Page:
Henry Talmage “Hammerin’ Hank” Elrod MOH

b. 27/09/1905 Turner County, Georgia. d. 23/12/1941 Wake Island.

DATE OF MOH ACTION: 08/12 – 23/12/1941 Wake Island.

Henry T Elrod MOH

Elrod was born Sept. 27, 1905, in Rebecca, Georgia, to parents Robert and Margaret. The family moved to Thomasville, Georgia, in 1911, where Elrod grew up with his younger sister, Kate. According to the Thomasville Times Enterprise, Elrod played football and baseball for Thomasville High School before attending the University of Georgia, where he played football for one year. He then transferred to Yale before joining the Marine Corps in 1927. Elrod received his commission as an officer four years later.

In May 1933, Elrod married Elizabeth Jackson. She was the niece of Navy Rear Adm. R.H. Jackson and went on to become a captain within the U.S. Marine Corps’ Women’s Reserve. By February 1935, Elrod had earned his wings as an aviator. He served at Quantico, Virginia, before being transferred to San Diego in 1938. In January 1941, he was sent to Hawaii to be the executive officer of Marine Fighting Squadron 211.

On Dec. 4, 1941, Elrod and 11 other pilots in his squadron flew F4F-3 Wildcats to Wake Island. Three days later — technically Dec. 8, 1941, because Wake is on the other side of the International Date Line — the Japanese attacked. Just like that, the U.S. had been thrust into World War II, and Elrod was in the thick of it. But as the simultaneous attack at Pearl Harbor lasted hours, the attack on Wake lasted 15 days.

At the start of the bombardment, eight of the 12 Wildcats in MFS 211 were destroyed. Even though the island’s shore defenses were still intact, this meant that only four fighter planes were left to fend off a massive number of enemy forces.

Over the span of several days, Marine Corps Capt. Elrod used one of those aircraft to keep several Japanese planes from landing on the island. He also single-handedly shot down two enemy fighters in a flight of 22. After that, he bombed and strafed the Japanese destroyer ship Kisaragi so many times that it sank. That feat made Elrod the first U.S. pilot to sink a warship from a fighter plane.

Eventually, Elrod’s plane suffered enough damage that it was no longer able to fly, and the remaining Wildcats were no longer airborne, either. In a last-ditch effort to save the island, Elrod helped organize the remaining troops on the ground — many of whom were civilians — into beach defense units to repel waves of Japanese troops trying to come ashore. Several times during that night, Elrod provided cover fire for unarmed ammunition carriers who were resupplying a gun emplacement.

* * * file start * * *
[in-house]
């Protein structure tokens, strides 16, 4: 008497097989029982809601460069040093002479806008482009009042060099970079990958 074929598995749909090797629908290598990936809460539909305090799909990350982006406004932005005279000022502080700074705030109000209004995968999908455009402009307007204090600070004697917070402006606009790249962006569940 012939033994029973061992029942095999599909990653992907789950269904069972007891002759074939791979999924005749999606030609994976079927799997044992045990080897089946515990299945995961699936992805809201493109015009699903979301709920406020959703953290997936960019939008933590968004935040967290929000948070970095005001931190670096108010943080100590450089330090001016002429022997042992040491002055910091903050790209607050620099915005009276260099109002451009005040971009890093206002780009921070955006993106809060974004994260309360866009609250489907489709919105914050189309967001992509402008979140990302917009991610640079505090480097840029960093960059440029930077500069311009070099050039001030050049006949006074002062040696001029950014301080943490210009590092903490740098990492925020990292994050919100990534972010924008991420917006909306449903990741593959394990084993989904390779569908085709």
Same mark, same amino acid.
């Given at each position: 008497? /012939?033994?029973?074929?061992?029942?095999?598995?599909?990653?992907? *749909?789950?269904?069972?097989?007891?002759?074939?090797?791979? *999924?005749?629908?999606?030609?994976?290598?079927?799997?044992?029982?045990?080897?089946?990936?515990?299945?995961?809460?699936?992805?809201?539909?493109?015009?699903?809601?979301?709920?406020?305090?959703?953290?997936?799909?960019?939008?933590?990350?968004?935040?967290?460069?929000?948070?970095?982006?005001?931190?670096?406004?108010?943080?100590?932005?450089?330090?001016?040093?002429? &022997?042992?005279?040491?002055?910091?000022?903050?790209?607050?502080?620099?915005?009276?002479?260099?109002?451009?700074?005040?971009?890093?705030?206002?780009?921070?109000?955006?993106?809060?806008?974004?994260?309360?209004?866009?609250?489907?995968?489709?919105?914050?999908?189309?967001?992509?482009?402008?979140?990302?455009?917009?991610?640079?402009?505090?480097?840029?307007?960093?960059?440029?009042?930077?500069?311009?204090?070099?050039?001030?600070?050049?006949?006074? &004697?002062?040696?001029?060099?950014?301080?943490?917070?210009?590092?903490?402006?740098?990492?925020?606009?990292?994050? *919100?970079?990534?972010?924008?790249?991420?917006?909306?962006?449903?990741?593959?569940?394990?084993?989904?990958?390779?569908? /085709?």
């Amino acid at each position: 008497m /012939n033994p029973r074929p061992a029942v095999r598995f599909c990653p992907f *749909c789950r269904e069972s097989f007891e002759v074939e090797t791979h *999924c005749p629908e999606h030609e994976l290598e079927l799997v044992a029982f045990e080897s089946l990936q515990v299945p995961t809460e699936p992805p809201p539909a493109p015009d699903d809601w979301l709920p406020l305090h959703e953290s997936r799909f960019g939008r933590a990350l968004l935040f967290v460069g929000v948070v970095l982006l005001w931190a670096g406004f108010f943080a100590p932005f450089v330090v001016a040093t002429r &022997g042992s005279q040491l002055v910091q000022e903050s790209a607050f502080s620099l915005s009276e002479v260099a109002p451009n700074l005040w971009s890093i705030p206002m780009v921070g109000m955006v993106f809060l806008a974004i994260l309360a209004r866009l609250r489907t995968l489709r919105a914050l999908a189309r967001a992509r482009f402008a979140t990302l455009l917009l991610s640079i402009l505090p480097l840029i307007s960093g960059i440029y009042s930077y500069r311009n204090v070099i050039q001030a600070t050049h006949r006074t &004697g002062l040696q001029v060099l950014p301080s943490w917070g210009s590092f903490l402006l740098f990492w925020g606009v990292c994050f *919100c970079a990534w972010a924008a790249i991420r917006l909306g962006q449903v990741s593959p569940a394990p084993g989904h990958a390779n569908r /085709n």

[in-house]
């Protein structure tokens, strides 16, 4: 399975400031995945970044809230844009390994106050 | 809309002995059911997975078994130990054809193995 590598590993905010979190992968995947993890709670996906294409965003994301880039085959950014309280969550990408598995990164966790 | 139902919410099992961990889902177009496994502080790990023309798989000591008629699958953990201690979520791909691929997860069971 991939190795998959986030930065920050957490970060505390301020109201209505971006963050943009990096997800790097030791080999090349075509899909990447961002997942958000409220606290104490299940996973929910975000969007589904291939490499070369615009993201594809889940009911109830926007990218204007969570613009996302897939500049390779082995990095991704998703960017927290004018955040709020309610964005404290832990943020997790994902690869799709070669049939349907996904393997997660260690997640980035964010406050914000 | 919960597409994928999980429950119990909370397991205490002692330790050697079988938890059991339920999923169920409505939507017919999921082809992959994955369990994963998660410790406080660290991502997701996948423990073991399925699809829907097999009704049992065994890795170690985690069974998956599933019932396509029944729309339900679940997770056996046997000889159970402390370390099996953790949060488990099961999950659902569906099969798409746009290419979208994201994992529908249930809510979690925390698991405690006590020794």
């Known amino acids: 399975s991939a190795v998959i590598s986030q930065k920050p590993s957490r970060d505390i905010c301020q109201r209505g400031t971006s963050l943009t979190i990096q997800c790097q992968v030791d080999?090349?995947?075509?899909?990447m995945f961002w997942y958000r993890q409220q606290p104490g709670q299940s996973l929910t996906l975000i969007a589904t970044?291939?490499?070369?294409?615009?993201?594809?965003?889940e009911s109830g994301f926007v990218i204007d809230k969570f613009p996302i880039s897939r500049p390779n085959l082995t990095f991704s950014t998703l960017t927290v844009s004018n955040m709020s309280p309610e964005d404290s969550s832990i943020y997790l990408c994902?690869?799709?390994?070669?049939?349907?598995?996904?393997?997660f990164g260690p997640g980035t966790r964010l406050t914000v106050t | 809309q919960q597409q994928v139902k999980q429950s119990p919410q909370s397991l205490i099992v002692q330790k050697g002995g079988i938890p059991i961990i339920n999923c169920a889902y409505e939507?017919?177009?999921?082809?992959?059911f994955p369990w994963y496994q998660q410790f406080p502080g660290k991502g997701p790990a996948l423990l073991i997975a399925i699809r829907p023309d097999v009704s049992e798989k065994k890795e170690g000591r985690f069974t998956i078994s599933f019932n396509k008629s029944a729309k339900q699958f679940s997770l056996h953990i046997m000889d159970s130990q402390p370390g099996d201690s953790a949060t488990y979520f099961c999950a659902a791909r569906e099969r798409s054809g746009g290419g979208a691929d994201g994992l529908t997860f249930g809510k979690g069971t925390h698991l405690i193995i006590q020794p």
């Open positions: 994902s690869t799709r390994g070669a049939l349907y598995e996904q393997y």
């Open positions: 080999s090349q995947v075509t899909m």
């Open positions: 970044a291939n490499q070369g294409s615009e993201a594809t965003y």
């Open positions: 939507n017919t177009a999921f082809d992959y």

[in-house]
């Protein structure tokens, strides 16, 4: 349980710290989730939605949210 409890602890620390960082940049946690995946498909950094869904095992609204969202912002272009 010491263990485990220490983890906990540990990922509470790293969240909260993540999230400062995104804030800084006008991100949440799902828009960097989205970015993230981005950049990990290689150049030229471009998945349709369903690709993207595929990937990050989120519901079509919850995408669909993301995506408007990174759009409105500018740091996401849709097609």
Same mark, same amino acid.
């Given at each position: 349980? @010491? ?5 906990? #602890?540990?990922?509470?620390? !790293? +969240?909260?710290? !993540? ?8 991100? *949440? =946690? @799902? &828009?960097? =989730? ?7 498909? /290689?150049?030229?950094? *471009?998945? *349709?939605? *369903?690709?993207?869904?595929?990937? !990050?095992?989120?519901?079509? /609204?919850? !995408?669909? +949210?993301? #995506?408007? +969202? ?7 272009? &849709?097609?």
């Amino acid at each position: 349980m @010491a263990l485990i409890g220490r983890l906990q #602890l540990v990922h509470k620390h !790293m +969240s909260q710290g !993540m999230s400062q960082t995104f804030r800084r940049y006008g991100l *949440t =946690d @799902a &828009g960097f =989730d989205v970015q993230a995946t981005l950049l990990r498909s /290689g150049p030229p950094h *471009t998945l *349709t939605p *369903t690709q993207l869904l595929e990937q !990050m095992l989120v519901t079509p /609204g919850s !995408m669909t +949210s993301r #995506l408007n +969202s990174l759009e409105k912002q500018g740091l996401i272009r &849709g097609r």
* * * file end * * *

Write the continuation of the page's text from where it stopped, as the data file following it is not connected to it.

Shortly before dawn on Dec. 23, a Japanese sailor who had hidden himself among the casualties on the beach shot Elrod as he was providing cover fire. He died instantly. Wake fell to the enemy later that day. The Japanese didn’t surrender the island back to U.S. troops until the end of the war.

Despite the massive American losses recorded at Wake, Elrod’s determination in the air and as a leader on the ground was integral to the fight. On Nov. 8, 1946, Marine Corps Gen. A.A. Vandegrift presented the Medal of Honor to Elrod’s widow during a ceremony in Washington, D.C.



For conspicuous gallantry and intrepidity at the risk of his life above and beyond the call of duty while attached to Marine Fighting Squadron TWO HUNDRED ELEVEN, during action against enemy Japanese land, surface and aerial units at Wake Island, from 8 to 23 December 1941. Engaging vastly superior forces of enemy bombers and warships on 9 and 12 December, Captain Elrod shot down two of a flight of twenty-two hostile planes and, executing repeated bombing and strafing runs at extremely low altitude and close range, succeeded in inflicting deadly damage upon a large Japanese vessel, thereby sinking the first major warship to be destroyed by small caliber bombs delivered from a fighter-type aircraft. When his plane was disabled by hostile fire and no other ships were operative, Captain Elrod assumed command of one flank of the line set up in defiance of the enemy landing and conducting a brilliant defense, enabled his men to hold their positions and repulse determined Japanese attacks, repeatedly proceeding through intense hostile fusillades to provide covering fire for unarmed ammunition carriers. Capturing an automatic weapon during one enemy rush in force, he gave his own firearm to one of his men and fought on vigorously against the Japanese. Responsible in a large measure of the strength of his sector’s gallant resistance, on 23 December, Captain Elrod led his men with bold aggressiveness until he fell, mortally wounded.